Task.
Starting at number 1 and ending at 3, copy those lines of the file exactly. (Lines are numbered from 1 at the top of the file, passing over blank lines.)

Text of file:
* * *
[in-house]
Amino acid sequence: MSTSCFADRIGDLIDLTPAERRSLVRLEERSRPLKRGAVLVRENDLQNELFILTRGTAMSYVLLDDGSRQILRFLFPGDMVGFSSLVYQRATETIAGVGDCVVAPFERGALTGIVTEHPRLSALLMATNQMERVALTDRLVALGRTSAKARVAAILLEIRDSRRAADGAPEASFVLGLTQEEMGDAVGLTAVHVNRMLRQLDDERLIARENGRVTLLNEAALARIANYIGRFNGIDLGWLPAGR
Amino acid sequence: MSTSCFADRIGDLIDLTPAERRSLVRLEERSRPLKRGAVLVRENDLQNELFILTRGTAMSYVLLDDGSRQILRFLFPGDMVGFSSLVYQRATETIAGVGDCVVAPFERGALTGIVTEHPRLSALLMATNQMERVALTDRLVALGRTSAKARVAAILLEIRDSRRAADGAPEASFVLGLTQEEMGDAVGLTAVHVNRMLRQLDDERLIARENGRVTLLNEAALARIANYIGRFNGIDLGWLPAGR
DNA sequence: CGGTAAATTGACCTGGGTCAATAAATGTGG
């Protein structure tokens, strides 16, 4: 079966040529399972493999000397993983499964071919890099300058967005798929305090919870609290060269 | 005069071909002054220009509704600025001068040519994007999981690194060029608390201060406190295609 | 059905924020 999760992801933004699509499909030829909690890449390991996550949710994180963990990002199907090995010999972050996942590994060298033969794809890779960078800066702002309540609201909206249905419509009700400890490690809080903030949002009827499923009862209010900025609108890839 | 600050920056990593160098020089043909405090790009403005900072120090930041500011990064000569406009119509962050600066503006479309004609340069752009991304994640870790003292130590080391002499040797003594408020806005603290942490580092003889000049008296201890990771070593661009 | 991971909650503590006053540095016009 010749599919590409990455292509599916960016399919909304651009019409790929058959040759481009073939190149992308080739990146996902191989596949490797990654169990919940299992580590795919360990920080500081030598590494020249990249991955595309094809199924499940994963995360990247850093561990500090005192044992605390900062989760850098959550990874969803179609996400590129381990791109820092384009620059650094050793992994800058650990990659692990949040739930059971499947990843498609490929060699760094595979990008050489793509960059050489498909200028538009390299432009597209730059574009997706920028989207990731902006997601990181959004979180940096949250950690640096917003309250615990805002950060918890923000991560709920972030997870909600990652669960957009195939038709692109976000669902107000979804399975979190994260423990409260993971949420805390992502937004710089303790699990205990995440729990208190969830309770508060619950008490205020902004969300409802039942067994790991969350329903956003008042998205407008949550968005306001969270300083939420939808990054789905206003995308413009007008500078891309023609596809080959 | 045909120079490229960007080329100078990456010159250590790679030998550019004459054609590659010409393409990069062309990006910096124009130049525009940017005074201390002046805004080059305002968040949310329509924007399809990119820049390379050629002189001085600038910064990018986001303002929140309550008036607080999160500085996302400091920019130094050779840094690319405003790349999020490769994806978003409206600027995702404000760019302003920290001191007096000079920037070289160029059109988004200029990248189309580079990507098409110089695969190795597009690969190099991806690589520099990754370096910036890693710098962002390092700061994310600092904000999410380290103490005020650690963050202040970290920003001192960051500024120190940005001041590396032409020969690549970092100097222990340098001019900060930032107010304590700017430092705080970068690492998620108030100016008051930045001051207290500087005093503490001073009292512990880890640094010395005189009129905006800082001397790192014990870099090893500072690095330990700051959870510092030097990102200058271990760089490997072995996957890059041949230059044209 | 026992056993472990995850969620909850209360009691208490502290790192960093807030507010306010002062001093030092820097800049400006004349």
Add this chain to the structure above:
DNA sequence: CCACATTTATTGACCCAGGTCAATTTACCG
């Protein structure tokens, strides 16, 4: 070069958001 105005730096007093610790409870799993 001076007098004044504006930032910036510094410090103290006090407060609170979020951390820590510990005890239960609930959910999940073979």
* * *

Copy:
[in-house]
Amino acid sequence: MSTSCFADRIGDLIDLTPAERRSLVRLEERSRPLKRGAVLVRENDLQNELFILTRGTAMSYVLLDDGSRQILRFLFPGDMVGFSSLVYQRATETIAGVGDCVVAPFERGALTGIVTEHPRLSALLMATNQMERVALTDRLVALGRTSAKARVAAILLEIRDSRRAADGAPEASFVLGLTQEEMGDAVGLTAVHVNRMLRQLDDERLIARENGRVTLLNEAALARIANYIGRFNGIDLGWLPAGR
Amino acid sequence: MSTSCFADRIGDLIDLTPAERRSLVRLEERSRPLKRGAVLVRENDLQNELFILTRGTAMSYVLLDDGSRQILRFLFPGDMVGFSSLVYQRATETIAGVGDCVVAPFERGALTGIVTEHPRLSALLMATNQMERVALTDRLVALGRTSAKARVAAILLEIRDSRRAADGAPEASFVLGLTQEEMGDAVGLTAVHVNRMLRQLDDERLIARENGRVTLLNEAALARIANYIGRFNGIDLGWLPAGR